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5 Questions for Karen Routledge, author of “Do You See Ice?: Inuit and Americans at Home and Away”

April 24, 2019
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Many Americans imagine the Arctic as harsh, freezing, and nearly uninhabitable. But as Karen Routledge shows in Do You See Ice?, the living Arctic—the one experienced by native Inuit and others who work and travel there—is a diverse region shaped by much more than stereotype and mythology.  We sent Routledge some questions recently to delve into exactly how she came to study this unusual topic. How did you end up working as a professional historian, and what do you love about it? I’m a historian for Parks Canada, the Canadian national park service. I was lucky to end up here. When I was a graduate student, I thought I wanted a tenure-track job, and feared I’d be a failure if I didn’t get one. Near the end of my PhD, a Parks Canada historian (my now-colleague Meg Stanley) told me they were hiring. I realized I badly wanted the job. Thankfully I got it, and I’ve been here since 2010. This has ended up being an ideal job for me. I love that Parks Canada projects can reach a wide audience, and that so many local people and visitors are passionate about our sites. I work mostly on project teams . . .

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Magic, Mayhem, and Maps in the Harlem Jazz Age

October 10, 2018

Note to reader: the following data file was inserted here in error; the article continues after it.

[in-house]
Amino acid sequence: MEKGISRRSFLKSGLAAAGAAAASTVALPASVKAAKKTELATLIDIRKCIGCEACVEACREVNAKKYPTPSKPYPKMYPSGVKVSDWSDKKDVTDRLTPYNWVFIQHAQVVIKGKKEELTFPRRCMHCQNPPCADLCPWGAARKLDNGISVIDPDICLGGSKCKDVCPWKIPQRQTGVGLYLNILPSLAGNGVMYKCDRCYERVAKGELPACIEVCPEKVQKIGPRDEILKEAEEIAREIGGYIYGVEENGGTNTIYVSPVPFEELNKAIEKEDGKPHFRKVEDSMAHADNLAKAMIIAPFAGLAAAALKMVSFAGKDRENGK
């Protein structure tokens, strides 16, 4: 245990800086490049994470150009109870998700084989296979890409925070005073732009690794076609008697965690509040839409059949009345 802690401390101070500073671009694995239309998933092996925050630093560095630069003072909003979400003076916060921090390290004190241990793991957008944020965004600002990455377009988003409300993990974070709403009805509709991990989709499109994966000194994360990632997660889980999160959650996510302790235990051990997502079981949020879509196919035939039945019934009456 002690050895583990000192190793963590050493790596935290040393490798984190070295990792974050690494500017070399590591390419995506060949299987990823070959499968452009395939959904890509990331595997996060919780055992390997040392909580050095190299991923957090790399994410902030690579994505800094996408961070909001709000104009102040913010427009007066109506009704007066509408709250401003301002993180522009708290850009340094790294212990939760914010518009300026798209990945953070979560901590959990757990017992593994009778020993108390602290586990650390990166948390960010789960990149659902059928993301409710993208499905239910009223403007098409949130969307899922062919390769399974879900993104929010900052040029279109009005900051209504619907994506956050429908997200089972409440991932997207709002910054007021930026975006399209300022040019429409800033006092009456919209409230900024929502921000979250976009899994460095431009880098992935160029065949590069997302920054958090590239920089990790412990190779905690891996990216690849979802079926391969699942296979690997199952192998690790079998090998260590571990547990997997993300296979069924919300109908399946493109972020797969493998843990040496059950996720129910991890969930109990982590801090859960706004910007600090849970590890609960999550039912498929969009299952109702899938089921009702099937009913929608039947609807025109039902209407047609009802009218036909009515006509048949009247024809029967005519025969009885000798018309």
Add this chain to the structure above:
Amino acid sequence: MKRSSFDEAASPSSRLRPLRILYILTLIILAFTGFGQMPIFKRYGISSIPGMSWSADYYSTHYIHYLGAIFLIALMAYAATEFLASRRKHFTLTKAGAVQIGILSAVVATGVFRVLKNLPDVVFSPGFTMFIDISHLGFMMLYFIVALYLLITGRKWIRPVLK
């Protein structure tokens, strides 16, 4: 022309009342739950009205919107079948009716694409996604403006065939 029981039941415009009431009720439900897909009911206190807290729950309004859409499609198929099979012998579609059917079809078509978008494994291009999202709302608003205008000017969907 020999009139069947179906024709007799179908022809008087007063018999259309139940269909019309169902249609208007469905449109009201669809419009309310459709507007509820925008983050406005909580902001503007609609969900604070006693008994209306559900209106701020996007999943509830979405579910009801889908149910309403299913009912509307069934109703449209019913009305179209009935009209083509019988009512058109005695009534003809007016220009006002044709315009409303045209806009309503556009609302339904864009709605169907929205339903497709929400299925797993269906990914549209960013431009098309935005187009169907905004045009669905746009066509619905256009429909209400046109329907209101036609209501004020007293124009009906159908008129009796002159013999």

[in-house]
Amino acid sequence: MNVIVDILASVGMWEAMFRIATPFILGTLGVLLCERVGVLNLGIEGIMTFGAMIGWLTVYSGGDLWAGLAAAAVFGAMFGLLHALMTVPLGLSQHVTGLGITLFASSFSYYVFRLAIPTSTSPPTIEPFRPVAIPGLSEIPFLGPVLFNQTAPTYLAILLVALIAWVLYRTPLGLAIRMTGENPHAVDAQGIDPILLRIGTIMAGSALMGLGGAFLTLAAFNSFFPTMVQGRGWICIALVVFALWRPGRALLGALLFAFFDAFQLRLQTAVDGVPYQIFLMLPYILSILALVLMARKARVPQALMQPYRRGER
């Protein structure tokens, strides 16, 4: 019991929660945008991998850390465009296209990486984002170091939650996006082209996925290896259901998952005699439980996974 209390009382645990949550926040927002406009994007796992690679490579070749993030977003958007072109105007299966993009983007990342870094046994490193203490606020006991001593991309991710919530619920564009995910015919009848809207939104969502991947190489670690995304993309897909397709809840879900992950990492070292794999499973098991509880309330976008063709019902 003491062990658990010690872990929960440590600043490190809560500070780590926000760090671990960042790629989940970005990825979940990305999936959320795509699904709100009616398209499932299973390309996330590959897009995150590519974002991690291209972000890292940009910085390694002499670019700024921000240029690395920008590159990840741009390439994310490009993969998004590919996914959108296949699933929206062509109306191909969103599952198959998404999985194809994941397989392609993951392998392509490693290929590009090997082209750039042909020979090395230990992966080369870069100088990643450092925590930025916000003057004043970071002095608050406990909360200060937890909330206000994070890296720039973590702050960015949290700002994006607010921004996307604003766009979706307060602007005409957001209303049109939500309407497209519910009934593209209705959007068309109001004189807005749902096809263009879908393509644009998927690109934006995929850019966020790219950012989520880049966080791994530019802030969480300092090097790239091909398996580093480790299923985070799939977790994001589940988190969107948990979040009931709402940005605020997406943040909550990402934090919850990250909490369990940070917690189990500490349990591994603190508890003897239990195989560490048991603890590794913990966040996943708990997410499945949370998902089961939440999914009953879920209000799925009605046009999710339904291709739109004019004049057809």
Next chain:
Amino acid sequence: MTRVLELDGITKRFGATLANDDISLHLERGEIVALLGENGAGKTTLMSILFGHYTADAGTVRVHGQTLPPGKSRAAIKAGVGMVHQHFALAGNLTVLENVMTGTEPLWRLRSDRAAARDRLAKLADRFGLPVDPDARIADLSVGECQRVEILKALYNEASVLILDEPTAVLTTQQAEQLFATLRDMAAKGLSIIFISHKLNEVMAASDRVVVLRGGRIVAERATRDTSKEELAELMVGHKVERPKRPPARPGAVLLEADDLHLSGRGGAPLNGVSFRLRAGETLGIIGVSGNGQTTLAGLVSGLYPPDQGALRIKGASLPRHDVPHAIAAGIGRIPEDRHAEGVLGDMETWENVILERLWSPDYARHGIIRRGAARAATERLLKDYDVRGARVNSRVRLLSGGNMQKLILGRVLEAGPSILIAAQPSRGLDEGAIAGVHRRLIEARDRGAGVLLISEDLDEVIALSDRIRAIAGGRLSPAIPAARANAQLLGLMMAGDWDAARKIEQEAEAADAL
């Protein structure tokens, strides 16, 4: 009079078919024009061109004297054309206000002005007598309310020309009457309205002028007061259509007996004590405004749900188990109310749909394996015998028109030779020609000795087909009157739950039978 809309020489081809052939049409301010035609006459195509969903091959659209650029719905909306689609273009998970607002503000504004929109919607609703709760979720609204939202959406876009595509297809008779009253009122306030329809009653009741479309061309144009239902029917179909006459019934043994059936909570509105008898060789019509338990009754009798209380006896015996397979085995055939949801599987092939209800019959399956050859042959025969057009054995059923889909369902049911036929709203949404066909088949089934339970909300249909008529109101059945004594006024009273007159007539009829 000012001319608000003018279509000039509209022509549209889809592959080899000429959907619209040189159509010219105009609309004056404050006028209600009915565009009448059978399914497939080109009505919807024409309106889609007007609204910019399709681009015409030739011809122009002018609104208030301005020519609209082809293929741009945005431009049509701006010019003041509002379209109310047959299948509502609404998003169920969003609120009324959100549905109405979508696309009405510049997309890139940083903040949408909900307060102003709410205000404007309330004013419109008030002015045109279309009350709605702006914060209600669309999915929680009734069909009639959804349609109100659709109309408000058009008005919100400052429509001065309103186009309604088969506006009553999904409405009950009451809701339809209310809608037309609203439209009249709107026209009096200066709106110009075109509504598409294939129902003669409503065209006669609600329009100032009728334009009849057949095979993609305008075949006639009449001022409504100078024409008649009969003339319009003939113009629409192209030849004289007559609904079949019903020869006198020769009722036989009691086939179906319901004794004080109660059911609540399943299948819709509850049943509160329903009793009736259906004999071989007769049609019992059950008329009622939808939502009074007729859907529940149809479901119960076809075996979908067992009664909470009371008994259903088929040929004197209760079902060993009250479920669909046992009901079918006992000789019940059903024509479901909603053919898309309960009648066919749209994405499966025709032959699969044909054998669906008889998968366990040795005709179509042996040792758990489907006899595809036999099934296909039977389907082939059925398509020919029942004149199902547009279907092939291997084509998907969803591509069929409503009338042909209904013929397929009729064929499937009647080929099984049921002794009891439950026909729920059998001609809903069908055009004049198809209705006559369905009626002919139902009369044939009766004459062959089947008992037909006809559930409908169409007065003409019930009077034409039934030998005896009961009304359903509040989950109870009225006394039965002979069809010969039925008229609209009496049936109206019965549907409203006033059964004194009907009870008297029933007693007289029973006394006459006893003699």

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  Historian Susan Schulten takes us on a deep dive into the fascinating story behind a favorite map from her new book, A History of America in 100 Maps. In 2016, the Beinecke Library at Yale University paid $100,000 to add Elmer Simms Campbell’s energetic profile of interwar Harlem to its celebrated collection of black history and culture. The Library described Campbell’s image as a “playful rendering” of the age, but it also captures the complex dynamics that made Harlem the cultural capital of black America. Campbell’s success may even have surprised him. After studying at the Art Institute of Chicago, he moved to Manhattan in 1929 to seek work, though faced a string of rejections due to his race before catching a break at the newly founded Esquire magazine in 1933. For the next four decades, Campbell supplied the magazine with cartoons and illustrations that shaped its knowing, urban, and often cheeky sensibility. Though he initially struggled to find work, Campbell immediately found in Harlem’s jazz scene. He quickly befriended Cab Calloway, who, along with Duke Ellington, presided over legendary performances at the Cotton Club. The men became drinking buddies and regulars at Harlem’s famed clubs and speakeasies, all of . . .